The Beckley Foundation was one of the first NGOs to start examining issues related to drugs and drug policy in a scientifically evaluated way. At that time, the UN did not undertake this function itself. Now there are more NGOs, and indeed the UN itself, working in this field. Most of the research is of an excellent level and deserves widespread dissemination. Evidence is one of the most (if not the most) important factors when discussing drug laws and drug policy. Sadly, most often the recommendation for evidence-based policies comes only from reformists, specifying what drug policies should be based on, as opposed to what they currently have as their originating motivation. Drug control is largely driven by ideological and political factors.
A crucial question within the political sphere is often ‘what will be more/less popular with a voting public?’ The real truth about the harms of the Drug War/prohibitionist and criminalising approach is only frequently admitted by politicians in private or once they come out of office. For example, before he came into office UK Prime Minister David Cameron was member of a parliamentary Home Affairs Select Committee that produced a major report on the UK’s approach to drugs, recommending that “the Government initiates a discussion within the Commission on Narcotic Drugs of alternative ways-including the possibility of legalisation and regulation-to tackle the global drugs dilemma”; however, since becoming resident in Number Ten, he has largely shied away from such important comments and kept drug reform a political taboo. Many non-governmental organisations (NGOs) are producing important work in order to break this taboo. An open reflection of the effectiveness and consequences of current drug policy regimes,
especially according to a scientifically-evaluated evidence base, is vital in order to promote informed and objective debate on the potential directions of future drug policy reforms.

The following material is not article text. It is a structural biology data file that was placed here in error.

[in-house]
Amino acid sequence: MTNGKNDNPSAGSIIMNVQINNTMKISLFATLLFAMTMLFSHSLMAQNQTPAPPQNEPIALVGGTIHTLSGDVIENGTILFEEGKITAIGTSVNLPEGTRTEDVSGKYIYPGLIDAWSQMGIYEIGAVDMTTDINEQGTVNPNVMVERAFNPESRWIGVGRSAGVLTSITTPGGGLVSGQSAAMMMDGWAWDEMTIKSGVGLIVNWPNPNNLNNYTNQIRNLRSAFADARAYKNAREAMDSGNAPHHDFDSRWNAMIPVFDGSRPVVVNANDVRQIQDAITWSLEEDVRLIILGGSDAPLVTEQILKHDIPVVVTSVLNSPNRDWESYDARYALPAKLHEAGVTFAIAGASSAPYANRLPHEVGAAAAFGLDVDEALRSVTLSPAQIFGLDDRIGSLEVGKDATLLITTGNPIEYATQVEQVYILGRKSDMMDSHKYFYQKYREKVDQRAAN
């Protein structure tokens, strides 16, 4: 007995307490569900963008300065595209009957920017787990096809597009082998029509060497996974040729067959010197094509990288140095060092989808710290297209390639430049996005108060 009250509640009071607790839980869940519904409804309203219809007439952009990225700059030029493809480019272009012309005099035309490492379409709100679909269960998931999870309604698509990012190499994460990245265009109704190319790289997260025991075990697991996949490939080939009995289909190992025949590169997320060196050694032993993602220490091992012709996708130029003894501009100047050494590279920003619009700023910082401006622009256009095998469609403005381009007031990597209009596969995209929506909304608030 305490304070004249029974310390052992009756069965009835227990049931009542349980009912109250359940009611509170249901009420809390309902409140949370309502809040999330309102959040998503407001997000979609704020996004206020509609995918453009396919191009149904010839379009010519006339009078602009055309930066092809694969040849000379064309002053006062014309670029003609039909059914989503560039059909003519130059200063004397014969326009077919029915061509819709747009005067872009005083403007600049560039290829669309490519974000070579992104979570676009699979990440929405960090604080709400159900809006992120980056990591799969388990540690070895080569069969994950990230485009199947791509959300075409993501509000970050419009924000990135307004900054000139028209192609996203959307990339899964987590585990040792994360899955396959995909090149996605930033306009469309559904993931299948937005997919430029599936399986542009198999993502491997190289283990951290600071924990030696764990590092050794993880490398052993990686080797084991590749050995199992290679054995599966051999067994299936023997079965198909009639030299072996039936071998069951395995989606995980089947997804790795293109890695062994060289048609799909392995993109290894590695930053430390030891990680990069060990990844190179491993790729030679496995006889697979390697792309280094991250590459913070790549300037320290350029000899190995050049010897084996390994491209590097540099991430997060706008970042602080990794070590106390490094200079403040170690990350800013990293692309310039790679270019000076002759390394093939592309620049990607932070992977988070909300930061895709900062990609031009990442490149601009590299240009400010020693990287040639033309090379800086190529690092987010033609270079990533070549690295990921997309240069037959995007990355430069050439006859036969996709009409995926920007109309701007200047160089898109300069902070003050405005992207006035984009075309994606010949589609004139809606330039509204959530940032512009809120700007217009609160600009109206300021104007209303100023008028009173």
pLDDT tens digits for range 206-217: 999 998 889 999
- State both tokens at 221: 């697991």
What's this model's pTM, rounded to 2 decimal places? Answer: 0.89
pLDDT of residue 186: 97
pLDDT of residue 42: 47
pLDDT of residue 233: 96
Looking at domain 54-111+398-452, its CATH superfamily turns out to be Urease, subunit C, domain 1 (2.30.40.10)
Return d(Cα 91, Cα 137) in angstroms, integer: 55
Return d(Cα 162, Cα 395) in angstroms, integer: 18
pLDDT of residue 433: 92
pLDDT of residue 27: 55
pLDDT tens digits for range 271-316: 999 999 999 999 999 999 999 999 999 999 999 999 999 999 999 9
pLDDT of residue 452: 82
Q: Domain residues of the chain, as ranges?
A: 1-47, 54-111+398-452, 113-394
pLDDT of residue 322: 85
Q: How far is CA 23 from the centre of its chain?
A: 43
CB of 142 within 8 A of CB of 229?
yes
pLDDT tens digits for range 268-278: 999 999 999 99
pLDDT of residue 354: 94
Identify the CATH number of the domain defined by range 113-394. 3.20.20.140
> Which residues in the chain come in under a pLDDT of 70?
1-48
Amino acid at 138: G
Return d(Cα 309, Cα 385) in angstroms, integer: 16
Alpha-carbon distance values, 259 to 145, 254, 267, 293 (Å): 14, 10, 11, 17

The work of drug policy NGOs must enter the political sphere and inform debate. Development and Economic Issues Alternative Development has been a major policy in grower areas/countries. Often encouraged by international/governmental microfinance schemes, farmers are encouraged to stop growing illicit crops, such as the coca leaf or opium, and instead grow legal crops, such as bananas or wheat. The UNODC currently implements this policy in six countries (Peru, Colombia, Bolivia, Afghanistan, Myanmar and Laos). As a policy it has significant negative consequences, including just displacing production from one area to another, criminalising farmers, causing environmental degradation and negative effects on health and creating serious issues of violence and forced displacements.
ii) Susana Ojeda, ‘Alternative development from the perspective of Colombian farmers’, TNI Drug Policy Briefing No. 36, 2011
iii) Office of Inspector General, US Agency for International Development, ‘Audit of USAID/Colombia’s Alternative Development Program’, 2010
iv) ‘Alternative Development or Business as Usual? China’s Opium Substitution Policy in Burma and Laos’, TNI Drug Policy Briefing No. 33, 2010 v) David Mansfiled, ‘Assessing Supply-Side Policy and Practice: Eradication and Alternative Development’, Working Paper prepared for the First Meeting of the Global Commission on Drug Policy, 2011 http://www.globalcommissionondrugs.org/Arquivos/Global_Com_David_Mansfield.pdf
vi) Nick Crofts, ‘Drugs and Development – Caught in a Vicious Cycle’, The Guardian, April 2011
vii) Philip Keefer, Norman Loayza, and Rodrigo R. Soares, ‘Drug Prohibition and Developing Countries: Uncertain Benefits, Certain Costs in Philip Keefer and Norman Loayza, Innocent Bystanders: Developing Countries and the War on Drugs’, World Bank, 2010